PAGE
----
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Manganese
MANGANESE is a metal much like iron. Its chemical symbol is M...

Hardening High-speed Steels
We will now take up the matter of hardening high-speed steels...

For Milling Cutters And Formed Tools
FORGING.--Forge as before.--ANNEALING.--Place the steel in a ...

Annealing Of Rifle Components At Springfield Armory
In general, all forgings of the components of the arms manufa...

Separating The Work From The Compound
During the pulling of the heat, the pots are dumped upon a ca...

Pyrometers
Armor plate makers sometimes use the copper ball or Siemens' ...

High Speed Steel
For centuries the secret art of making tool steel was handed ...

Phosphorus
PHOSPHORUS is an element (symbol P) which enters the metal fr...

S A E Heat Treatments
The Society of Automotive Engineers have adopted certain heat...

Heavy Forging Practice
In heavy forging practice where the metal is being worked at...

Cutting-off Steel From Bar
To cut a piece from an annealed bar, cut off with a hack saw,...

Hardening Carbon Steel For Tools
For years the toolmaker had full sway in regard to make of st...

Carburizing Material
The simplest carburizing substance is charcoal. It is also th...

The Forging Of Steel
So much depends upon the forging of steel that this operation...

A Satisfactory Luting Mixture
A mixture of fireclay and sand will be found very satisfactor...

Cyanide Bath For Tool Steels
All high-carbon tool steels are heated in a cyanide bath. Wi...

Brown Automatic Signaling Pyrometer
In large heat-treating plants it has been customary to mainta...

Composition And Properties Of Steel
It is a remarkable fact that one can look through a dozen tex...

High-carbon Machinery Steel
The carbon content of this steel is above 30 points and is ha...

Annealing Alloy Steel
The term alloy steel, from the steel maker's point of view, r...



Quenching Tool Steel






Category: HARDENING CARBON STEEL FOR TOOLS

To secure proper hardness, the cooling of quenching of steel is
as important as its heating. Quenching baths vary in nature, there
being a large number of ways to cool a piece of steel in contrast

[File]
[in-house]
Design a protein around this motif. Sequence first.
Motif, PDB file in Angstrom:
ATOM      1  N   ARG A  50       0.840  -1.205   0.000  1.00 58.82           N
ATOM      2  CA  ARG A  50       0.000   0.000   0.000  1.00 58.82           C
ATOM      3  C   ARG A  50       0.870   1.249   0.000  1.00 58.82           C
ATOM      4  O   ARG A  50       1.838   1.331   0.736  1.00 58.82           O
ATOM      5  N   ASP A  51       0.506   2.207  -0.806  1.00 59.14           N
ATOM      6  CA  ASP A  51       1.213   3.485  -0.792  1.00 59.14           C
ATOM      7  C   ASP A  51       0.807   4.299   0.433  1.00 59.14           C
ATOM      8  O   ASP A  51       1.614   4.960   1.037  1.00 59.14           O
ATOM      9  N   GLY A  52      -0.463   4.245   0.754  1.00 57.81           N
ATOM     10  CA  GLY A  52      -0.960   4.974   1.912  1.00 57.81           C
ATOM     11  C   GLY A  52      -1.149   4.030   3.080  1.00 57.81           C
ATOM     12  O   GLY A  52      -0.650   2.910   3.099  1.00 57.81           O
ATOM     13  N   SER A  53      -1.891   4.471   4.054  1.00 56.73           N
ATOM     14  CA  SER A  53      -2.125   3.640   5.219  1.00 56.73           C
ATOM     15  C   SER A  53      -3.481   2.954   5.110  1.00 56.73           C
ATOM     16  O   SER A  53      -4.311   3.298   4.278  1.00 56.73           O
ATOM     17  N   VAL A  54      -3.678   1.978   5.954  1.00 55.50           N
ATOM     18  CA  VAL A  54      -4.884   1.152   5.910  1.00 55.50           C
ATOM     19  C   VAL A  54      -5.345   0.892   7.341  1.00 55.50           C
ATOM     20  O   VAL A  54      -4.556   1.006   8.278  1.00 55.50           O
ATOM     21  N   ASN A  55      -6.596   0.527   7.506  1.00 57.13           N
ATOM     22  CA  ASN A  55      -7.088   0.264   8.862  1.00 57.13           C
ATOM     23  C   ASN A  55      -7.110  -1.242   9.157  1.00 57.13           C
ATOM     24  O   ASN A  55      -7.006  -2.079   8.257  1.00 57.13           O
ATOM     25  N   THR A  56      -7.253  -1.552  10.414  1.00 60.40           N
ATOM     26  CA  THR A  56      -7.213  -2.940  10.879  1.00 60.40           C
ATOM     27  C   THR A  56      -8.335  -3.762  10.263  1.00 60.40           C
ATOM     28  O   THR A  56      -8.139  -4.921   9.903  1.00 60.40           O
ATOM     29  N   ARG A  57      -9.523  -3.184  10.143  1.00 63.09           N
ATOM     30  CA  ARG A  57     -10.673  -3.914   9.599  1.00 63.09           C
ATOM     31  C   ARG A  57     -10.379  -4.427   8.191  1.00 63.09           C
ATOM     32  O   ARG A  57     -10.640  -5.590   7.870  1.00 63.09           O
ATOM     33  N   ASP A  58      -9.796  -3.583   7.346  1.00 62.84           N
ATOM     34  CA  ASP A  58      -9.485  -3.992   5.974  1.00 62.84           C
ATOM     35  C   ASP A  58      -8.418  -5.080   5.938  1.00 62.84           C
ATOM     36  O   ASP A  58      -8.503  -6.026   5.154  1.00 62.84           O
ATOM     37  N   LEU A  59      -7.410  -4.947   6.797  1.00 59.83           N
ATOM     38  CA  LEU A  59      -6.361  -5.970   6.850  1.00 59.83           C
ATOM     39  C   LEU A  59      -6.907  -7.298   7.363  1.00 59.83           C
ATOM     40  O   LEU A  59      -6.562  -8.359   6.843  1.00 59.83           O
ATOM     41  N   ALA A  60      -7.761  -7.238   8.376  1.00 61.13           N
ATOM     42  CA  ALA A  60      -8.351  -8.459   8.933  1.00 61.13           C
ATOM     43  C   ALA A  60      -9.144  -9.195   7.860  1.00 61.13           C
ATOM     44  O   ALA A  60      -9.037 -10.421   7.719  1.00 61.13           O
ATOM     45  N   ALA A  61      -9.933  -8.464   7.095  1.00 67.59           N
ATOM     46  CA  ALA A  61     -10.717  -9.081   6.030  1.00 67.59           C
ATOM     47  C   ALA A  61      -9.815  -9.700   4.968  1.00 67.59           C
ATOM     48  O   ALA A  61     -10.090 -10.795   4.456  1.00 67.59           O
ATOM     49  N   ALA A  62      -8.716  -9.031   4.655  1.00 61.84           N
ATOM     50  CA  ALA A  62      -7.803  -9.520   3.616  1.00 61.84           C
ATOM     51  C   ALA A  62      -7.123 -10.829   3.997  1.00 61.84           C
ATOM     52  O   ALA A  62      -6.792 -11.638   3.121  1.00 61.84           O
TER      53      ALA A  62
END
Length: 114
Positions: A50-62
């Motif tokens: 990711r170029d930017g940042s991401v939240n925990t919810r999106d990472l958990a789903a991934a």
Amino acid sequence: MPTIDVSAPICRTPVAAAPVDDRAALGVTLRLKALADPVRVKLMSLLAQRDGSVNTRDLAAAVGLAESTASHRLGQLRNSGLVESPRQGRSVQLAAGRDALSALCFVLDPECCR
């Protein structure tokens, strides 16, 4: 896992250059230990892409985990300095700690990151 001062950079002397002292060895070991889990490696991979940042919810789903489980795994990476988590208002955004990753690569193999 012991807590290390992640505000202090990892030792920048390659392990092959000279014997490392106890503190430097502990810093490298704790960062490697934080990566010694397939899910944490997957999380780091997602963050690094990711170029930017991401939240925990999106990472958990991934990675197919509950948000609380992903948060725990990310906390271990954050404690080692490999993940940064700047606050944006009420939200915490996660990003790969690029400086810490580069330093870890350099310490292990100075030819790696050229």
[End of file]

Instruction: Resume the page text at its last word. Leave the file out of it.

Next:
to the comparatively few ways of heating it.

Plain water, brine and oil are the three most common quenching
materials. Of these three the brine will give the most hardness,
and plain water and oil come next. The colder that any of these
baths is when the piece is put into it the harder will be the steel;
but this does not mean that it is a good plan to dip the heated
steel into a tank of ice water, for the shock would be so great
that the bar would probably fly to pieces. In fact, the quenching
bath must be sometimes heated a bit to take off the edge of the
shock.

Brine solutions will work uniformly, or give the same degree of
hardness, until they reach a temperature of 150 deg.F. above which
their grip relaxes and the metals quenched in them become softer.
Plain water holds its grip up to a temperature of approximately
100 deg.F.; but oil baths, which are used to secure a slower rate of
cooling, may be used up to 500 deg. or more. A compromise is sometimes
effected by using a bath consisting of an inch or two of oil floating
on the surface of water. As the hot steel passes through the oil,
the shock is not as severe as if it were to be thrust directly
into the water; and in addition, oil adheres to the tool and keeps
the water from direct contact with the metal.

The old idea that mercury will harden steel more than any other
quenching material has been exploded. A bath consisting of melted
cyanide of potassium is useful for heating fine engraved dies and
other articles that are required to come out free from scale. One
must always be careful to provide a hood or exhaust system to get
rid of the deadly fumes coming from the cyanide pot.

The one main thing to remember in hardening tool steel is to quench
on a rising heat. This does not mean a rapid heating as a slow
increase in temperature is much better in every way.





Next: The Theory Of Tempering

Previous: Double Annealing



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